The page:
Seeing director Tommy Tune sign an autograph in the Goodman lobby before the world premiere of “Turn of the Century” was a tangible indication of the star wattage, of the stakes involved in what is likely the fall season’s most-anticipated theatrical opening. With the nine-time Tony winner helming the debut of the new musical from “Jersey Boys” creators Marshall Brickman and Rick Elice, and featuring movie star Jeff Daniels and Broadway star Rachel York playing the romantic leads, this is a production clearly pointed toward the bright lights of Broadway.
Dixie and Billy are success-deprived musicians who find themselves together on the eve of the new millennium. (Hearing “1999” performed as a piano “standard” affirms Prince’s decision to retire the song from his repertoire.) They’re soon magically transported back a hundred years to the dawn of the twentieth century, where Billy realizes they can release the hits of the upcoming era as their own creations, and convinces Dixie to play along. Before long, they are the superstars they’ve always dreamed of being, albeit not on terms ever imagined. The conceit allows for a songbook-of-the-century musical mash-up, from Irving Berlin and George Gershwin to Paul Anka and Paul Simon, a process that subtly evokes its own commentary about the relative paucity of contemporary culture, perhaps exemplified in Dixie’s aspiration to be like “Celine Dion!” The result is a crowd-pleasing period musical in the tradition of, say, “Thoroughly Modern Millie” with some thoroughly modern juxtapositions, like a comical take on Helen Reddy’s “I Am Woman” sung by Ziegfeld Girls. Walt Spangler’s set soars with gorgeous simplicity: an oval portal envelopes the stage, with an encircling LED crawl that provides setting details and some humorous commentary; inside its borders a multipurpose backdrop curves like the sky itself, sometimes turning the set into a glorious epic snow globe. In the Goodman’s relatively intimate space, the overall effect is magical; this is the Broadway musical of the imagination, one that the reality of the much larger theaters normally housing big musicals can’t imitate.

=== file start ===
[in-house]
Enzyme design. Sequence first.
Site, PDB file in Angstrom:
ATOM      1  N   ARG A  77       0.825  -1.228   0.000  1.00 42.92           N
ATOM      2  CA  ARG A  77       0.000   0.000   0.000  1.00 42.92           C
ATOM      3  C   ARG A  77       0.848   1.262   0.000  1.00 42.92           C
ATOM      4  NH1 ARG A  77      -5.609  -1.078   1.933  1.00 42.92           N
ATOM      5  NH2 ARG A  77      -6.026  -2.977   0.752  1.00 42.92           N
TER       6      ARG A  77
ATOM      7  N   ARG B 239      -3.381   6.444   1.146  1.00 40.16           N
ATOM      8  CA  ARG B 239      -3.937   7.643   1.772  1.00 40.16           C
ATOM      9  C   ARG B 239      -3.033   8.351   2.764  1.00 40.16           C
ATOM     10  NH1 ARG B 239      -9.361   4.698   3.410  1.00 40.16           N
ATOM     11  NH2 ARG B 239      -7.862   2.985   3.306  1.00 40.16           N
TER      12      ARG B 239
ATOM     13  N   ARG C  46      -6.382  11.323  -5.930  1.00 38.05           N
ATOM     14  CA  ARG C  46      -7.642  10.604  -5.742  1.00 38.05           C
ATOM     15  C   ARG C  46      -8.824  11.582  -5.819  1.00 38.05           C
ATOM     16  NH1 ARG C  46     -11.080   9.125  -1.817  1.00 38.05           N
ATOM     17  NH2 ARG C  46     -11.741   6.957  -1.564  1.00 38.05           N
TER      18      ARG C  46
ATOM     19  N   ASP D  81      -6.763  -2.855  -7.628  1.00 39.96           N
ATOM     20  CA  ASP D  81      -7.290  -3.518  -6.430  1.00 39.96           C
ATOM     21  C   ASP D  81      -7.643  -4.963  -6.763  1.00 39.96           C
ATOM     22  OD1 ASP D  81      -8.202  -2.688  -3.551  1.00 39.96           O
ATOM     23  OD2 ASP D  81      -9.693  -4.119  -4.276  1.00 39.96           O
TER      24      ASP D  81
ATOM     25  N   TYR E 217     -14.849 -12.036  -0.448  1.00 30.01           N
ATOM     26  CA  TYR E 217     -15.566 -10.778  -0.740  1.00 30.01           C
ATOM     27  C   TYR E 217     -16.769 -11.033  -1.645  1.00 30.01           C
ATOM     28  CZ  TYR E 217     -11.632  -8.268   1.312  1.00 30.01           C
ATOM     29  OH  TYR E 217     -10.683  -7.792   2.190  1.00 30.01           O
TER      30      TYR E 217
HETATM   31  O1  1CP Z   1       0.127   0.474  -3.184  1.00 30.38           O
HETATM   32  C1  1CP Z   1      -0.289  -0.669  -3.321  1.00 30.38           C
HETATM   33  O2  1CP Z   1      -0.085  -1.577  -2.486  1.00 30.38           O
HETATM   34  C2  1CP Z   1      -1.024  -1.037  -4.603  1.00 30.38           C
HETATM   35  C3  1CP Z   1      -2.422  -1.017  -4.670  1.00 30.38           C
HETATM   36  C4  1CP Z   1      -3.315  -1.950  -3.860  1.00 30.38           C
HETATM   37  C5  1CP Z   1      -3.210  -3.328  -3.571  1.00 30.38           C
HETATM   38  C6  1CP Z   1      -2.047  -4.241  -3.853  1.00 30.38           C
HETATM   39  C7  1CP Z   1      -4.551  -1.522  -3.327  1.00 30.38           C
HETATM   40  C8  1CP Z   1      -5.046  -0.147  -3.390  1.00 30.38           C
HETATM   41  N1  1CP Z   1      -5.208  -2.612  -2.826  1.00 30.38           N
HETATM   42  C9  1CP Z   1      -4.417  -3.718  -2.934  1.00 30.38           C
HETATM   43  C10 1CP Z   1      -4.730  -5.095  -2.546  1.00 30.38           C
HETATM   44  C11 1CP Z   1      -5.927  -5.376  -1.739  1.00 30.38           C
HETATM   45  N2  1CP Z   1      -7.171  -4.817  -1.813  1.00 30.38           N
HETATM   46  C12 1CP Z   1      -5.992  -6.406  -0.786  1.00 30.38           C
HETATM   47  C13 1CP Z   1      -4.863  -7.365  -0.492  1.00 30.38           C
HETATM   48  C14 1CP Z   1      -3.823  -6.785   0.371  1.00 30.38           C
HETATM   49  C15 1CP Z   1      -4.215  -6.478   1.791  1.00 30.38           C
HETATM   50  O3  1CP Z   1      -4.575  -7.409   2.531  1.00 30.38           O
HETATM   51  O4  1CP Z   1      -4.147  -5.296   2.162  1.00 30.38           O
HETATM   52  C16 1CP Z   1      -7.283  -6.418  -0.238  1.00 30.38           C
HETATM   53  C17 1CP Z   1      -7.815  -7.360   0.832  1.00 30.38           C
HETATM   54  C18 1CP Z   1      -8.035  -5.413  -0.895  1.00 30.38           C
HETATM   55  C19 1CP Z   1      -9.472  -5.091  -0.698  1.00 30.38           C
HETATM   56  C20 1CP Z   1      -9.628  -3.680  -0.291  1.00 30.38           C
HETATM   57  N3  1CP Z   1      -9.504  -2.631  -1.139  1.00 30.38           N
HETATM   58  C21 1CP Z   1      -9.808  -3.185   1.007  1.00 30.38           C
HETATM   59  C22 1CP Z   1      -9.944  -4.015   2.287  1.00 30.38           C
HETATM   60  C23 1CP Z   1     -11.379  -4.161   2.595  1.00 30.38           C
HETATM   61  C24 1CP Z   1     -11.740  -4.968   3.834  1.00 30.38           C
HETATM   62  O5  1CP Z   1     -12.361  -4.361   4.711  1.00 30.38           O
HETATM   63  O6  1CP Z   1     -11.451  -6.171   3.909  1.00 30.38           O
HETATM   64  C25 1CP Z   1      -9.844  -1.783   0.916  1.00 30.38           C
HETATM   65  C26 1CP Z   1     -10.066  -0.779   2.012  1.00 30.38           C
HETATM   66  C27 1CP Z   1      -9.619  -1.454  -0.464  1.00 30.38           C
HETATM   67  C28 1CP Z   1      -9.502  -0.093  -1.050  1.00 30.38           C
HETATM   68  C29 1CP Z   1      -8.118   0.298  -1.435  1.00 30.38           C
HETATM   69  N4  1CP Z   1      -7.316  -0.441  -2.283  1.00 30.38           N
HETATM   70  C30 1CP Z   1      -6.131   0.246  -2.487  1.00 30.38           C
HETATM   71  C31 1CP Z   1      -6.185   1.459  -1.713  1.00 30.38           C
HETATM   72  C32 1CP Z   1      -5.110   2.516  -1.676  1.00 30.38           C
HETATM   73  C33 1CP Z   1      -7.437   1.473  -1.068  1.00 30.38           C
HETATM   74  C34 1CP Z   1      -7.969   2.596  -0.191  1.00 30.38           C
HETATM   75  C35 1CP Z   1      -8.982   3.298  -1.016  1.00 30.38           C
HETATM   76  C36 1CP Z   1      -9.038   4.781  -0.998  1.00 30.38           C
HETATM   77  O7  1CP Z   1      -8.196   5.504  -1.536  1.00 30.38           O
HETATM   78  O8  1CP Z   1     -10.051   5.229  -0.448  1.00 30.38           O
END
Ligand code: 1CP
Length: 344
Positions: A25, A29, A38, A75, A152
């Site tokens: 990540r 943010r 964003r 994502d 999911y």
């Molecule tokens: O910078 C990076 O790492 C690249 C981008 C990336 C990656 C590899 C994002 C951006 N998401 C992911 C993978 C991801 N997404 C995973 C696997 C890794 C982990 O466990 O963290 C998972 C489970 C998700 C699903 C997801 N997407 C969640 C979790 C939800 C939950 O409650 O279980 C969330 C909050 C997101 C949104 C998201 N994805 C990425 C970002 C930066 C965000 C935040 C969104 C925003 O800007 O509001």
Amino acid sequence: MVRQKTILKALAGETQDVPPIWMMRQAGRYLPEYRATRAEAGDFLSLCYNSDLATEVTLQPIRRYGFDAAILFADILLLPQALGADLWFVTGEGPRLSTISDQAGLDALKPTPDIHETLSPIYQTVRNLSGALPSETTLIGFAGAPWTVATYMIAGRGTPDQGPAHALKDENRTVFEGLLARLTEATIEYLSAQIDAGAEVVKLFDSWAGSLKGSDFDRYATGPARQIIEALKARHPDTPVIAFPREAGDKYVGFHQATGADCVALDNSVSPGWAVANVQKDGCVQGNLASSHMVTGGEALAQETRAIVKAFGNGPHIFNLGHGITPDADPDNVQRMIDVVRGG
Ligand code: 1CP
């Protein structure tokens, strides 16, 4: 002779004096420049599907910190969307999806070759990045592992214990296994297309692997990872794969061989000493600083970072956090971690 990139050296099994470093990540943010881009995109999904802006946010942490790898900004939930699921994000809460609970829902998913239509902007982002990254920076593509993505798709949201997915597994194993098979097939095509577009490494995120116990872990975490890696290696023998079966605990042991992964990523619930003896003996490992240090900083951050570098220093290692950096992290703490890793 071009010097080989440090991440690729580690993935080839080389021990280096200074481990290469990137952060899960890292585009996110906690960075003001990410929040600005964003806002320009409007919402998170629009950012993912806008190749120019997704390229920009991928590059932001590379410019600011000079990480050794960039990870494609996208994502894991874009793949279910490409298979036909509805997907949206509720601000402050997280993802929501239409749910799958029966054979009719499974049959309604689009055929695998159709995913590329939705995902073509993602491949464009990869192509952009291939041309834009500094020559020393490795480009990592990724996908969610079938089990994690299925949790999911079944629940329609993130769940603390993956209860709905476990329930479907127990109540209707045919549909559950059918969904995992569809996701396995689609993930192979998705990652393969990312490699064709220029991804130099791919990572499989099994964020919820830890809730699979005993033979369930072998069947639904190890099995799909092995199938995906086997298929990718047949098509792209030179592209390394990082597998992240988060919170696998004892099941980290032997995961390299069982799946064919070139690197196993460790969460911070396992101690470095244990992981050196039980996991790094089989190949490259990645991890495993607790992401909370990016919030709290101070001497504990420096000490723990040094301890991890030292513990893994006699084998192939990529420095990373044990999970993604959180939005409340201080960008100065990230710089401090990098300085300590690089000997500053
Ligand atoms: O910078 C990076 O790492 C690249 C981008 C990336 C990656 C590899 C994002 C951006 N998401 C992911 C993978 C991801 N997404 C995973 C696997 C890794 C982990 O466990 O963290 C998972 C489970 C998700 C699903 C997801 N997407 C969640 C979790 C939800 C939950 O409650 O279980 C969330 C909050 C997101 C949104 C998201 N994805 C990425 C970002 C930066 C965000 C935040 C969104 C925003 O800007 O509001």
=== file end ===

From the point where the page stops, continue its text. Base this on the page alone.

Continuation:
Under Tune’s direction, the musical is a loving homage to the era it plunders; the costume and choreography is “Top Hat” come to life (without the dancing of Fred Astaire, or much dancing at all, for that matter). The radiant Rachel York, with her big voice and just the right vulnerability, is perfection as Dixie. Jeff Daniels, as Billy, is not. In real life, he’s a Michigan-based movie star who does admirable things for Midwest theater and even croons a bit as a singer-songwriter, but his voice is adequate at best. Of course, his role doesn’t really require the big pipes since he plays the piano man, but it does call for lady-killer charisma and that’s not him. He’s just too affable, in spite of the douche-bags he’s played in the movies at times. But he’s good enough: with the sparkling York at his side and a crackerjack ensemble around him, anyone with a soft spot for the nostalgia of Tin Pan Alley and old Broadway will swoon.
What elevates “Turn of the Century” above mere pleasantly nostalgic musical theater is the sort of Einsteinian cultural paradox it conjures. Before long, a 12-year-old Irving Berlin (played with beyond-his-years verve by Jonah Rawitz in a very demanding role) enters the lives of Billy and Dixie, who’ve been merrily making hay “writing” the songs Berlin’s destined to write. What will Berlin and his fellow songwriting greats do with their lives if all their songs are taken? The musical asks the question but then brushes it aside in order to rush us toward the obligatory happy ending.
It’s a sly comment, nonetheless, positing that our culture is milking its past dry. Are Brickman and Elice offering penance for their own transgressions, their “plundering” the songs of others for profit here and in “Jersey Boys”? Or are they simply asking a big question of our time: if every big hit is either a revival or a repurposing of a movie (hello, “Dirty Dancing” and ‘The Producers”), what kind of future are we leaving for the culture? (Brian Hieggelke)
At Goodman Theatre, 170 North Dearborn, (312)443-3800, through November 2.